MAAC Dive and Snorkel Trail
Start - Marmion Angling and Aquatic Club
Length - 400m (Loop)
Rating - Blue
Terrain - Limestone Reef, Underwater Grass
Max Depth - 6m
Time - 1 hour
Signed - Yes, Follow the Plinths
Date Snorkelled - 2nd February 2020
Best Time - Spring to Autumn
Directions - Located just south of Hillarys Boat Harbour on West Coast Drive, there is plenty of parking available at the Marmion Angling and Aquatic Club. The trail head is on the north side of the building, look for the wall art of various marine creatures.
The Snorkel - With the summer months bringing warmer temperatures, flies, ticks and the threat of bushfires, it's usually the time of year where I enjoy a break from hiking. Over the past couple of years I've started to snorkel a bit more, taking in the Omeo Wreck several times, headed over to Rottnest and visited Point Peron and Penguin Island. The northern suburbs were a destination I kept wanting to check out and with the opening of the MAAC Dive and Snorkel Trail recently, it seemed like a good excuse to head north. With my passport ready and all my fruit and vegetables declared, I crossed north of the river with a few friends to see what was what. While new hiking trails are few and far between in Perth (decades apart it seems), the rise of snorkel trails is really great to see. Just recently they have expanded the Coogee Maritime Trail and now a bit of money has been invested in the MAAC Dive and Snorkel Trail.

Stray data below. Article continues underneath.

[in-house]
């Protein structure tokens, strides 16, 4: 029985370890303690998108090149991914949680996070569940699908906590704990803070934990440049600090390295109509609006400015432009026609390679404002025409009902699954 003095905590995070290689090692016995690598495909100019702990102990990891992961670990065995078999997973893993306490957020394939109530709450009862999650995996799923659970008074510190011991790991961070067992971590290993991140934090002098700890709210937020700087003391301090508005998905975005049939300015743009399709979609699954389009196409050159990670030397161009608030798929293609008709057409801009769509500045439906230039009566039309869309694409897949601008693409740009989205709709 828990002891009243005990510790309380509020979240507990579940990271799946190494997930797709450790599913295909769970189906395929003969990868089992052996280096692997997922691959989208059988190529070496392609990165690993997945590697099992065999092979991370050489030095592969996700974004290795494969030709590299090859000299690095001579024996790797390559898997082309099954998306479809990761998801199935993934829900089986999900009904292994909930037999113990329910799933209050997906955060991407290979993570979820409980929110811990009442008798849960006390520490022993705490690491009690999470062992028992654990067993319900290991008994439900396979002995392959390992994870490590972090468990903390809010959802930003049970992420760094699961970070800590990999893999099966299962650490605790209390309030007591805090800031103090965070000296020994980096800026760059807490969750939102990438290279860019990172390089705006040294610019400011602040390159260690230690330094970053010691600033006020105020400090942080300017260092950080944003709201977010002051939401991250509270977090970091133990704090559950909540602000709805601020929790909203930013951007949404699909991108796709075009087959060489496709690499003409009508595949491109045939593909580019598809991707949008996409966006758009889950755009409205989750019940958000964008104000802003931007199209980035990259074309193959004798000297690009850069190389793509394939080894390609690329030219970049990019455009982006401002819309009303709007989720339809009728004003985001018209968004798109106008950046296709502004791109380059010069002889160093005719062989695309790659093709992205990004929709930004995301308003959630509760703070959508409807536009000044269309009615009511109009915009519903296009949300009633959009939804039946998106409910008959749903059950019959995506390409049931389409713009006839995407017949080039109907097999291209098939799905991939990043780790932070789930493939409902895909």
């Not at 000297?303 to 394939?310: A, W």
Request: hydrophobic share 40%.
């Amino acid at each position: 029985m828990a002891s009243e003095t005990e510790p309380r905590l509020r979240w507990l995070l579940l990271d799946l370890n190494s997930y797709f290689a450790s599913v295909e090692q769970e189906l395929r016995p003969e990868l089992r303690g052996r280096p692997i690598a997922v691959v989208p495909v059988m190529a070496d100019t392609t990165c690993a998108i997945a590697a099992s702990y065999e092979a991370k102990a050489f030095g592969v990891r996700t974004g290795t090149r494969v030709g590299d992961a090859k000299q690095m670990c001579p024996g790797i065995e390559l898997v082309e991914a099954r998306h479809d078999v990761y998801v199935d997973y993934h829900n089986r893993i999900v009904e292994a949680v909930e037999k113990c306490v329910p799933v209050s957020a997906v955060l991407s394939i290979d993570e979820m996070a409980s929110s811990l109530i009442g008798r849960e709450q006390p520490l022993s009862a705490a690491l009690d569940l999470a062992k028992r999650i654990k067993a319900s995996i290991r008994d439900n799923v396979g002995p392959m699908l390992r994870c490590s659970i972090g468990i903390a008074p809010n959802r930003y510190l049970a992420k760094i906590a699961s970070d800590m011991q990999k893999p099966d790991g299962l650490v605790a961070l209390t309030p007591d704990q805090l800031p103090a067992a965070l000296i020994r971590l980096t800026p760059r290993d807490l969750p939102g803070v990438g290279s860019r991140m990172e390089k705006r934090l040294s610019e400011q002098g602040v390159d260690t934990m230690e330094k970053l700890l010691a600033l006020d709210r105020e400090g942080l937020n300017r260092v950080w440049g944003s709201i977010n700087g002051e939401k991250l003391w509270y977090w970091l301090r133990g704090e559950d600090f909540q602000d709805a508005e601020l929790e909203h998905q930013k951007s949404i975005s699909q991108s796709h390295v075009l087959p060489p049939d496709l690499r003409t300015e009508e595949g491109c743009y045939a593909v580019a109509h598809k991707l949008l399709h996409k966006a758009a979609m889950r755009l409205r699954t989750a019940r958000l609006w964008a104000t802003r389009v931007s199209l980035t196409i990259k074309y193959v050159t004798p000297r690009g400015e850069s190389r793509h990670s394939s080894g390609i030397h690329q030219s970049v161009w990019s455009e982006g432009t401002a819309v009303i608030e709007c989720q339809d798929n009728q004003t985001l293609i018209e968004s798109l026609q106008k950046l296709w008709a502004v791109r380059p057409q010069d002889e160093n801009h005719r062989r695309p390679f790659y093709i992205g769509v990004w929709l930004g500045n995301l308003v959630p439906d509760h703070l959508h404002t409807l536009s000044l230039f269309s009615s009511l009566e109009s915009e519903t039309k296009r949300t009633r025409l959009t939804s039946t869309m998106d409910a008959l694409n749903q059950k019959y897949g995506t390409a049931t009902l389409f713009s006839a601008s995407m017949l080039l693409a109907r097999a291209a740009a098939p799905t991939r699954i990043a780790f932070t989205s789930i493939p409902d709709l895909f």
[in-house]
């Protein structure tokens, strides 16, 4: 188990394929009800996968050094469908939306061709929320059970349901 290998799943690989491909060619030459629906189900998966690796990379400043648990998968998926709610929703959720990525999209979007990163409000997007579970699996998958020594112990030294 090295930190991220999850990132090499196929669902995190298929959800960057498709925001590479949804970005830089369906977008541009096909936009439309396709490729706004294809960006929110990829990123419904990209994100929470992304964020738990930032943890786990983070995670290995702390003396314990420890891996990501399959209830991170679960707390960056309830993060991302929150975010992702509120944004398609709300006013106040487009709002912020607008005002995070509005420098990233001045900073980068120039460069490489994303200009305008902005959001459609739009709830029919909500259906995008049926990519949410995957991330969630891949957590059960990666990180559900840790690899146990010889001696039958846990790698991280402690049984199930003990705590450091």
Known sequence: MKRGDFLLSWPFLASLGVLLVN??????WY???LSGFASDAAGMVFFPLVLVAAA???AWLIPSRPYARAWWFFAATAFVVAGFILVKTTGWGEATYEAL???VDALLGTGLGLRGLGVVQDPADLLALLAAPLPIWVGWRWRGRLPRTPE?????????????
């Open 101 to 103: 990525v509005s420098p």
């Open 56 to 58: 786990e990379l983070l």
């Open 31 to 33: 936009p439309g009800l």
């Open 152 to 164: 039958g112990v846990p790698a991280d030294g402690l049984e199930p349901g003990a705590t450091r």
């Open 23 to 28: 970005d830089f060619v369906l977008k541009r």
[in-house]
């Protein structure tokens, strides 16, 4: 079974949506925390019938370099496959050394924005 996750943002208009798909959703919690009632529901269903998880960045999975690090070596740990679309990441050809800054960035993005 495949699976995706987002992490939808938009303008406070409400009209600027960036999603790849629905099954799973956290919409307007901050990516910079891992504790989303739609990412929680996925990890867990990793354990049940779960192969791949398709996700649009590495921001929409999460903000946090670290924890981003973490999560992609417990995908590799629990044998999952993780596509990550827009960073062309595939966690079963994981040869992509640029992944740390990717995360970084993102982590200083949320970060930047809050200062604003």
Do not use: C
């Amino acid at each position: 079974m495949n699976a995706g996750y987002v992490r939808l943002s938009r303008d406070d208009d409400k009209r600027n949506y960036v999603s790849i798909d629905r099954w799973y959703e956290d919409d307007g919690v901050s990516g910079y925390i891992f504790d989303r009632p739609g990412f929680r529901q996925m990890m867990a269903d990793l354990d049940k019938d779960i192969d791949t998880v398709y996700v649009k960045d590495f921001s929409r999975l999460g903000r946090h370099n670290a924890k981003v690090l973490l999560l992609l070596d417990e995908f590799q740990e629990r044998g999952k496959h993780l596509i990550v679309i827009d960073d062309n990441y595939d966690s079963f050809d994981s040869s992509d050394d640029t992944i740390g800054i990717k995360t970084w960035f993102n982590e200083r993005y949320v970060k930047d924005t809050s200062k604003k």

I do enjoy that these dive spots have always existed but it takes a series of underwater markers to alert people to the fact a good reef spot is there, but that's kind of the point. Unlike the Coogee Maritime Trail where they have installed new concrete structures to attract fish, the MAAC trail is more a guide to seeing the best parts of the reef located here. With a few members of the squad running late, I checked out the murals that have been painted on the wall of the car park and the ramp leading down to the beach. Dutch artist Amok Island (of the Ravensthorpe Silo fame) who has lived in WA for a while now has painted some beautiful marine creatures on the wall of the car park while local artist Brenton See was commissioned to paint the side wall of the MAAC where you will find the trail head. With everyone finally here we headed down to the water on what was a bit of a chilly summer morning. The trail looked fairly simple to follow with a series of plinths guiding the way out to the deepest spot and then looping back between the two exposed reefs. The water was very inviting with the temperature making it feel much warmer than standing in the cool easterly breeze. While I said the trail looked fairly simple, after the first few plinths we separated as a group with Tom and Mel deciding that they would snorkel their own snorkel. Early on there were some good fish finds as the sea floor was blanketed in grasses and seaweed that provides some good protection for them.